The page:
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Alain Badiou

Alain Badiou teaches philosophy at the École normale supérieure and the Collège international de philosophie in Paris. In addition to several novels, plays and political essays, he has published a number of major philosophical works, including Theory of the Subject, Being and Event, Manifesto for Philosophy, and Gilles Deleuze. His recent books include The Meaning of Sarkozy, Ethics, Metapolitics, Polemics, The Communist Hypothesis, Five Lessons on Wagner, and Wittgenstein's Anti-Philosophy.

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  • Alain Badiou: "Mao thinks in an almost infinite way"

    Badiou's apparently "unrepentant" Maoism has been one of the most controversial, if misinterpreted, elements of his thought. In the conversation below, Badiou is pressed on the question by an anonymous Chinese philosopher, and maintains that Mao continues to provide a model for dialectical thought, if not for a historical project. Visit LEAP to read the original piece in full.

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    ILLUSTRATION / Wang Buke

    A Dialogue Between a Chinese Philosopher and a French Philosopher

    December 13, 2014, Manny Cantor Center, New York

    Some time ago, French philosopher (and venerable Maoist) Alain Badiou traveled to China to speak to a Chinese philosopher. Though his or her name appears to have been lost in the ashes of time, the transcript of this alleged meeting remains, and bears a noted resemblance to a series of conversations Badiou had with Lu Xinghua, a contentious proponent of the theorization of Chinese contemporary art. A restaging of this dialogue this past December in New York, with an actress as the skeptical interlocutor, provided a window into Continental philosophy’s most ardent Orientalist fantasies—and an hour or two of solid dialectical entertainment.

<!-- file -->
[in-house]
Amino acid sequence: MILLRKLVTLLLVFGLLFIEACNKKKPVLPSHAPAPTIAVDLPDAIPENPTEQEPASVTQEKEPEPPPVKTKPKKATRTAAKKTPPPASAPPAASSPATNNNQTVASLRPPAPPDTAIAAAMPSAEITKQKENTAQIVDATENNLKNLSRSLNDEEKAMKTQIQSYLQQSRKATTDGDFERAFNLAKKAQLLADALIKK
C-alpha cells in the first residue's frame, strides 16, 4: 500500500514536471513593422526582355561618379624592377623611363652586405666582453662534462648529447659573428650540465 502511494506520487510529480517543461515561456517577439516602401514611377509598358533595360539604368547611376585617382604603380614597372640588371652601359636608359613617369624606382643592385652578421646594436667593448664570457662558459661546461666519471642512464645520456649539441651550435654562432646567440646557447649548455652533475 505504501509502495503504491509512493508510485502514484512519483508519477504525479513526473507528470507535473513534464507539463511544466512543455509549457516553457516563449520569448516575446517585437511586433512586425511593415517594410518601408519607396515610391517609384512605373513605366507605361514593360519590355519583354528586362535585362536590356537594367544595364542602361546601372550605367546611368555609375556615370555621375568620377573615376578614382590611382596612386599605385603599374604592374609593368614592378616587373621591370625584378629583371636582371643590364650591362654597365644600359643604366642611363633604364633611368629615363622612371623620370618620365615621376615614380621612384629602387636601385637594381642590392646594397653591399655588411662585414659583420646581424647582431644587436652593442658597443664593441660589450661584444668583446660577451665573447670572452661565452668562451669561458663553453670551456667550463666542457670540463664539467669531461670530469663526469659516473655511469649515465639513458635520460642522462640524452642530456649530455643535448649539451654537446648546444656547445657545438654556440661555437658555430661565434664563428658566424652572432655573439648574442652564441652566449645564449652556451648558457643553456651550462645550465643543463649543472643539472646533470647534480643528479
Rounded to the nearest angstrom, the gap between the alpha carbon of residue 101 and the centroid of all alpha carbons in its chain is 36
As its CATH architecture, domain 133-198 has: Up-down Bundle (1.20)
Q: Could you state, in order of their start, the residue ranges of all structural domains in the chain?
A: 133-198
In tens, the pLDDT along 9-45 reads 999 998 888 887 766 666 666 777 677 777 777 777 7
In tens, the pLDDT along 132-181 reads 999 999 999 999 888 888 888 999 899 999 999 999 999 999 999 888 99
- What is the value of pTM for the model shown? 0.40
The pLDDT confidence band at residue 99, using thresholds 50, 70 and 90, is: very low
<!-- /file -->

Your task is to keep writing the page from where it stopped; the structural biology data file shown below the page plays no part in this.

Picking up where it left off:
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  • Alain Badiou: "Happiness is a risk that we must be ready to take"

    Happiness is central to the police operation of contemporary capitalism: enforced at work by "chief happiness officers" and at home by mindfulness, self-help manuals and "neurosignalling" headbands. Happiness must be meticulously maintained, and a burgeoning industry has grown around it, because collective unhappiness runs the risk of financial collapse. But as Alain Badiou argues below, it is happiness—as the affect on which political action is founded—that is the true risk. 

    - Visit 
    Regards to read the original interview in French. Translated by David Broder. 

    Verso is offering 50% off all our books by Alain Badiou until Friday!


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  • Alain Badiou, "The law on the headscarf is a pure capitalist law"

    To coincide with the publication of three important works on the intersections of race, class and feminism—Christine Delphy's Separate and Dominate, Vron Ware's Beyond the Pale and Michele Wallace's Black Macho and the Myth of the Superwoman—we re-publish an essay by Alain Badiou on the French law on the headscarf, originally published in his Polemics. Against rising Islamaphobic currents in France, Badiou maintains: 'the enemy of thought today is property. It is commerce, and such things as souls, but not faith.'



    1. A few pleasant republicans decided one day to argue that a law was necessary to ban girls wearing scarves over their hair. First, ban it at school, then elsewhere, and everywhere if possible. Did you hear me say a law? A law! The president of the Republic was as limited a politician as he was unsinkable. Totalitarianly elected by 82 per cent of voters, including all the socialists, people from whom a number of the pleasant republicans in question were recruited, he nodded in agreement: a law, yes, a law against a few thousand young girls who put the headscarf in question over their hair. The scabby, mangy brats! And they're Muslims too! That is how, once again, similar to the capitulation at Sedan, Pe'tain, the Algerian War, the double-dealing of Mitterrand, villainous laws against undocumented workers, France has stunned the world. After the tragedies, the farce.

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